Most of my adult life l tried to heal the wounds I thought my mother was responsible for causing, but nothing ever worked. All I was really doing was shifting the content of my story about her by spinning even more stories about her. And of course no matter how I shifted or rewrote my story of her, she always remained, at least on some level, the villain, and so nothing could ever really change.

Eckhart’s teachings about the ego, its need for enemies, had already helped me begin to see what I was doing, and The Work has now given me a powerful tool to actually go in, collapse the stories, and bring full responsibility back home to myself. It’s a big shift for me and something that does make me feel a lot freer, even with only three months of doing The Work. In fact, if I never get another thing from Byron Katie’s Work other than what I’ve already experienced in terms of shifting some of the “mother stuff,” it will have been a great gift to myself and well worth the time spent on it.

I’m continuing to do The Work, and have bought I Need Your Love -- Is It True, as well as A Thousand Names for Joy, which I’ve now also read and listened to in audio book format. I Need Your Love -- Is It True is jam-packed with good stuff, and has brought further revelations for me. Also, some of the supplemental materials BK offers on her site, special topic books, CD’s and DVD’s, have helped to deepen my understanding even more.

Byron Katie dovetails well with Eckhart, I think. I know I wouldn’t have understood Katie as well if I hadn’t already studied and worked with what Eckhart teaches. I also notice that after doing The Work these past couple of months it’s easier for me to be present more of the time. So, at least for me, these two are working hand-in-hand.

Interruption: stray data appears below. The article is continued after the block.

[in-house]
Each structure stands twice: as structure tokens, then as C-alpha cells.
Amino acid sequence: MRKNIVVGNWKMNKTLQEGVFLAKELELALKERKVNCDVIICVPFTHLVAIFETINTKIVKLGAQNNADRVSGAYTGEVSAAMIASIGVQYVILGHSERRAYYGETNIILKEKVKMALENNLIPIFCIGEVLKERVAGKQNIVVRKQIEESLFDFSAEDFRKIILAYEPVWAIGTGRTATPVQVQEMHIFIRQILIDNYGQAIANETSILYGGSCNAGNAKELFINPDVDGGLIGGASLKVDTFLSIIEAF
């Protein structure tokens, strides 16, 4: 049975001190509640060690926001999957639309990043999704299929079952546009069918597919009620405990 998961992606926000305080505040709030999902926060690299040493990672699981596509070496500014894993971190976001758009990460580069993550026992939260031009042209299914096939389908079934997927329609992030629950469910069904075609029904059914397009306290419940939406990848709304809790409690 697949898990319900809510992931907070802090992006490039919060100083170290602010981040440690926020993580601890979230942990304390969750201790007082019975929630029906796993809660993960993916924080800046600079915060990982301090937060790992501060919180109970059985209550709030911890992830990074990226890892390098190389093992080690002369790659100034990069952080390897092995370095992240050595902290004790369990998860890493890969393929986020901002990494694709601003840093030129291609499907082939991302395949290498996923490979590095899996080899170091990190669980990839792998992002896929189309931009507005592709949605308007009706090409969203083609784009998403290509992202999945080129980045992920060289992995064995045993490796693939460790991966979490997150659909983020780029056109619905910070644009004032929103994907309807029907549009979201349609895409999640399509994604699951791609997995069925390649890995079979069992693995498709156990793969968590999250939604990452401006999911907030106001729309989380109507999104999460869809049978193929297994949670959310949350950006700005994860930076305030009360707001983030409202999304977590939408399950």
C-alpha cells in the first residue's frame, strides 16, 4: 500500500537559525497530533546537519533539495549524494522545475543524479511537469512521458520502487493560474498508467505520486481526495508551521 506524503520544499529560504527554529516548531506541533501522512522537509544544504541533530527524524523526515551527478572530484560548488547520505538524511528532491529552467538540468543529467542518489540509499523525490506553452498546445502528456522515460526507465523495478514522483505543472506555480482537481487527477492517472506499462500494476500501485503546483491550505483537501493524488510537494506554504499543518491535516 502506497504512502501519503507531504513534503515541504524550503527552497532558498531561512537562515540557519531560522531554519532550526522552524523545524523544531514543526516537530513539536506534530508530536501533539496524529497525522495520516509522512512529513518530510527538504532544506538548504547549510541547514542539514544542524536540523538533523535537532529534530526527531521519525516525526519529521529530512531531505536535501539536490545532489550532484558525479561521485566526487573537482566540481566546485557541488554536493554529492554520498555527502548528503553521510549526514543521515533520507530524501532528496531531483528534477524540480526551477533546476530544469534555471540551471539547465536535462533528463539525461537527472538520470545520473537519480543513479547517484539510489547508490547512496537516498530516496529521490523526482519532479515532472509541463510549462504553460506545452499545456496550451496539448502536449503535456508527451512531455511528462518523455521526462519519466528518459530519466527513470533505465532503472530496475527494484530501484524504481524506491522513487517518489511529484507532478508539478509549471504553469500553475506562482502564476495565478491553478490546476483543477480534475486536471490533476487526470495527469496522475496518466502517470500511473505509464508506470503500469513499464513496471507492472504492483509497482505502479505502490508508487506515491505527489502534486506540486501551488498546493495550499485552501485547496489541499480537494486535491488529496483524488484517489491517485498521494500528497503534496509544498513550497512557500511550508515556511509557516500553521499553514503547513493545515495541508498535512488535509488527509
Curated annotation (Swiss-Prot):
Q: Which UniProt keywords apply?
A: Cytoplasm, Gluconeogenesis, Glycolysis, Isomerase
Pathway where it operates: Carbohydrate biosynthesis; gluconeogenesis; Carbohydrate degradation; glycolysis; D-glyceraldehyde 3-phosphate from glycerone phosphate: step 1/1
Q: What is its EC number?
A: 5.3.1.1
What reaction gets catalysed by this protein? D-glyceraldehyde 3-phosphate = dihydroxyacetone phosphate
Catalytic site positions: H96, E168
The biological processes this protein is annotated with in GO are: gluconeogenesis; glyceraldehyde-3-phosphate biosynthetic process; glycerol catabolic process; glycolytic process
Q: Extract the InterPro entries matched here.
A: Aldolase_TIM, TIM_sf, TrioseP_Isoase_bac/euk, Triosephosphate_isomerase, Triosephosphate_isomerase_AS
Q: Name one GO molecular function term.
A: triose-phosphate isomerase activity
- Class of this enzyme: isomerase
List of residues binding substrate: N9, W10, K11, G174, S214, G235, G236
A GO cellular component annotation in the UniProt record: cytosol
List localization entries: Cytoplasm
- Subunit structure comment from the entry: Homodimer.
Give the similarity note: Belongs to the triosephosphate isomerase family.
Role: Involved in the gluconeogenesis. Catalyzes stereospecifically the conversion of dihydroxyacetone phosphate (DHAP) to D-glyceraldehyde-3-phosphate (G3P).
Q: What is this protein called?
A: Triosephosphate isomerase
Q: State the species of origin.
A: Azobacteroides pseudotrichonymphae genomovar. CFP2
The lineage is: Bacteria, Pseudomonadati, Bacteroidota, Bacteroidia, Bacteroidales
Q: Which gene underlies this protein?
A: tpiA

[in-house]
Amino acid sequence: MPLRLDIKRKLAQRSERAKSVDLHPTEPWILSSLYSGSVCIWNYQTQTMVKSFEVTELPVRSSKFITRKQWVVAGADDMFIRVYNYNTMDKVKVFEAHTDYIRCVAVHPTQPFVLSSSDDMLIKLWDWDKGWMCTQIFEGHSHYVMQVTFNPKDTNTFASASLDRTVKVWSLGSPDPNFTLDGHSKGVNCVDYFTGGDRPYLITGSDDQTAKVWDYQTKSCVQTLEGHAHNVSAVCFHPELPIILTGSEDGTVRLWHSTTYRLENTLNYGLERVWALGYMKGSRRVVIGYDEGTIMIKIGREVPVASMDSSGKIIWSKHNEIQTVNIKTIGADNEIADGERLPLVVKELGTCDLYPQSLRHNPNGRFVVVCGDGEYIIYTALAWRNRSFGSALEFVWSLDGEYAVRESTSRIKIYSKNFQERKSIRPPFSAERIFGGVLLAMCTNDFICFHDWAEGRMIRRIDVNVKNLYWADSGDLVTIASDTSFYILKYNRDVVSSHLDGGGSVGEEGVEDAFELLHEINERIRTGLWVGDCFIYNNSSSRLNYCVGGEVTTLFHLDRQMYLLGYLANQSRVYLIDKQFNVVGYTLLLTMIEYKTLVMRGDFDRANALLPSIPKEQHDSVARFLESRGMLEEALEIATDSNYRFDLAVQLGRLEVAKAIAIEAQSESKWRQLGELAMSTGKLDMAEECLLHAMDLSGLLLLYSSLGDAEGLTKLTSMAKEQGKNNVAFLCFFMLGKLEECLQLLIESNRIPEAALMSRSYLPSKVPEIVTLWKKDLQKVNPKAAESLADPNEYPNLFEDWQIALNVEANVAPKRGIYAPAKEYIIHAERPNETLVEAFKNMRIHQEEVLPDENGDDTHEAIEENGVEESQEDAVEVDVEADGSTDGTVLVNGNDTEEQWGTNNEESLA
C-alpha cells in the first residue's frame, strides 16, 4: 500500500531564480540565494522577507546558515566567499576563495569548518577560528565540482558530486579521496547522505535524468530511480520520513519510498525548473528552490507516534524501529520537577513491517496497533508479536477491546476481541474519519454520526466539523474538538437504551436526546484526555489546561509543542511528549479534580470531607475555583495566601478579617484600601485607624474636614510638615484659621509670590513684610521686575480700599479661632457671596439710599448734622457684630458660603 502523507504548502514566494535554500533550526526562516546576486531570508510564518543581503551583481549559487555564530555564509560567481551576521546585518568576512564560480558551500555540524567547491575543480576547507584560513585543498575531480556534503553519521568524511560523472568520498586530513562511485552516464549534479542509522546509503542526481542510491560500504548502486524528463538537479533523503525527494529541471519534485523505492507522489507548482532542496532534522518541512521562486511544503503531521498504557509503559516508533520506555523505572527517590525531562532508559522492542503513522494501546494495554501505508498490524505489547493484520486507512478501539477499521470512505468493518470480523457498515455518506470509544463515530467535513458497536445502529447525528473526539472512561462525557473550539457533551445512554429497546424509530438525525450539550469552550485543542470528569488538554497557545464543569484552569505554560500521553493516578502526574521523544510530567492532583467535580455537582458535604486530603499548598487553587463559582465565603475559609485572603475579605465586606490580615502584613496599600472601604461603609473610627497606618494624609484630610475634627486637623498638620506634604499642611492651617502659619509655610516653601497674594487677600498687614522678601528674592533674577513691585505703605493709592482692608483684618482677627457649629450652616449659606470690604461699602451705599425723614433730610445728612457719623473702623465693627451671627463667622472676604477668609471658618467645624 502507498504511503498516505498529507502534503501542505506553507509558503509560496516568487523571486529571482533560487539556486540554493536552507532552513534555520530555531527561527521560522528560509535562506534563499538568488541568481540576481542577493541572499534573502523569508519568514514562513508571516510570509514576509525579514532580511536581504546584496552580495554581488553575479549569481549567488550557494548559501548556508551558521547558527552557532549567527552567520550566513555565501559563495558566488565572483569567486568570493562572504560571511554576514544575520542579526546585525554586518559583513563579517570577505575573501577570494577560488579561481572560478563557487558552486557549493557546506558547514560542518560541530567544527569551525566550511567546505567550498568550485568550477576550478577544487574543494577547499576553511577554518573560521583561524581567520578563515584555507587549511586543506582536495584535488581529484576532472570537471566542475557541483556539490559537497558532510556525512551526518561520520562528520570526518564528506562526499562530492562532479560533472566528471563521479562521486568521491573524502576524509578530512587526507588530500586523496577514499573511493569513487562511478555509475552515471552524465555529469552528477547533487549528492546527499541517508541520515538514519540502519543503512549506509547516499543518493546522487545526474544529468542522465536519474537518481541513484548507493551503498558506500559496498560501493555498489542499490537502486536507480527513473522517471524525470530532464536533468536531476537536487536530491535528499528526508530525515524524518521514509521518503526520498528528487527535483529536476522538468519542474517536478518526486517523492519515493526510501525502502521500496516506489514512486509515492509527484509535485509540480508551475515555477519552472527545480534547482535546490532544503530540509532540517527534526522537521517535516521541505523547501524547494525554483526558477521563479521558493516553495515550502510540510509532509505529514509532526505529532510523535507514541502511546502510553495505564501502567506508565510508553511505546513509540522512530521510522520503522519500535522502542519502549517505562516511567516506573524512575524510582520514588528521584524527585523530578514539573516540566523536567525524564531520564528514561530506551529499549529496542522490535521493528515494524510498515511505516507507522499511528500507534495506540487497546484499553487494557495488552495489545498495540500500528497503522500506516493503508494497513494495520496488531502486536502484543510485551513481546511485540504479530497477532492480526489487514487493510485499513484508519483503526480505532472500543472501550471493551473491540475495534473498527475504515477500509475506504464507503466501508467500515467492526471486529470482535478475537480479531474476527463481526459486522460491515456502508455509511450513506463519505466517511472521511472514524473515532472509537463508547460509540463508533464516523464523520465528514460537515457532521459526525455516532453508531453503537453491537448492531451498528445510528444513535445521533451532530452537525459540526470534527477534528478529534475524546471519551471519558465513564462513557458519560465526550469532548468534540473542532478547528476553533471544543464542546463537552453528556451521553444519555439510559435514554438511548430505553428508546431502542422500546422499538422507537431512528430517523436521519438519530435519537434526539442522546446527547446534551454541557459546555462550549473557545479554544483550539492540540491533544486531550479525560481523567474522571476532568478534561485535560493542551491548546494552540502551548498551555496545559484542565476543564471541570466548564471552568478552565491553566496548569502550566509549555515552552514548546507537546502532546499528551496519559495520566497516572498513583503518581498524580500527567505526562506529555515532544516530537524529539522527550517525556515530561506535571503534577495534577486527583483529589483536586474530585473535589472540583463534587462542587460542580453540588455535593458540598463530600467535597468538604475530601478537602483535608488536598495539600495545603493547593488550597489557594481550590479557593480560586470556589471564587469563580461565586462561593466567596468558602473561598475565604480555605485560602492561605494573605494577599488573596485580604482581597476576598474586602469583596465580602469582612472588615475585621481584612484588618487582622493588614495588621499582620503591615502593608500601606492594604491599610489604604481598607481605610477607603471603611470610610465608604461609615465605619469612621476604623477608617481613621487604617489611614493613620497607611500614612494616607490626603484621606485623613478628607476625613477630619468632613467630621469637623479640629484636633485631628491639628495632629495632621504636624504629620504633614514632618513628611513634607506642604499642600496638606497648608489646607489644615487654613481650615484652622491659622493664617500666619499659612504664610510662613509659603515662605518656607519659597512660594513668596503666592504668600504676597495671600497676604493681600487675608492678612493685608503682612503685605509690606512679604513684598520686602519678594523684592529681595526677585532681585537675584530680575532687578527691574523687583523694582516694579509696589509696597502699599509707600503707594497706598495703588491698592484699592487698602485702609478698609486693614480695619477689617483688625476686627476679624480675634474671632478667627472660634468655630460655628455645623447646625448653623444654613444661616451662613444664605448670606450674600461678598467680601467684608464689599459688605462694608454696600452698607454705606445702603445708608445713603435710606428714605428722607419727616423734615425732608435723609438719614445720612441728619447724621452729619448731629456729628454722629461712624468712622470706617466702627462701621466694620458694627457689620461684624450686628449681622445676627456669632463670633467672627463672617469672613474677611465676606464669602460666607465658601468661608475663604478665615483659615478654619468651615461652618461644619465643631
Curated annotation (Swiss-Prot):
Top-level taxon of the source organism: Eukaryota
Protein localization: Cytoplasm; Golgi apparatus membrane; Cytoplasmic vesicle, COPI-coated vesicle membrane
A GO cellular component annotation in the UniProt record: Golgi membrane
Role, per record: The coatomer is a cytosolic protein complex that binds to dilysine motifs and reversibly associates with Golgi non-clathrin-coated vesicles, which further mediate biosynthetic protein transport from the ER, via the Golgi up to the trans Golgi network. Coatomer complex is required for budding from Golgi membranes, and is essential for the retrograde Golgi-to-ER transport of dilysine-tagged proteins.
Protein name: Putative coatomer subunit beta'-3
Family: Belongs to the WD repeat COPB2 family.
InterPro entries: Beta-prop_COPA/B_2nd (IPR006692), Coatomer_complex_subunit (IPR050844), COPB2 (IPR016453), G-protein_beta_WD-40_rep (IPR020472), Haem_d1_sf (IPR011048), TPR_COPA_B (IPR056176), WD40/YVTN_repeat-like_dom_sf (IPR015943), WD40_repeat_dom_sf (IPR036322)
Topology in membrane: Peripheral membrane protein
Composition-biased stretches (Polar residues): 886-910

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Re: Self Inquiry

Post by peleke4 » Sat Mar 21, 2009 5:10 am

I feel the same way as the op. Just "watching" itself wasn't enough. Initially there were changes. But I found myself getting caught up by just "watching." I then stumbled on inquiry questions like, "What is that?" "Does it exist in any way other than thought?" Those questions took it up a notch, but still I found myself getting caught up. With the work however, that sequence of questions and turnaround are powerful. Some turnarounds make me laugh out loud, like the following: "People will think I'm stupid" turnarounded to "I'm going to make myself feel stupid." :lol: It's true that nothing outside me makes me feel stupid. It's my attaching and believing a thought that makes me feel stupid.

Katie says something like we're either getting caught up or we're questioning. I found that to be so true. As pointed out earlier, with just "watching" alone I found myself getting caught up. But "The Work" stops the negative train of thought dead in it's tracks (although there's never an intention to drop or get rid of it). And the turnarounds can sometimes be a trip, a huge eye-opener. Katie says, "If you believe one, the other HAS to be true. It's sun, it's moon, and left and right.. It's polarity, it's duality."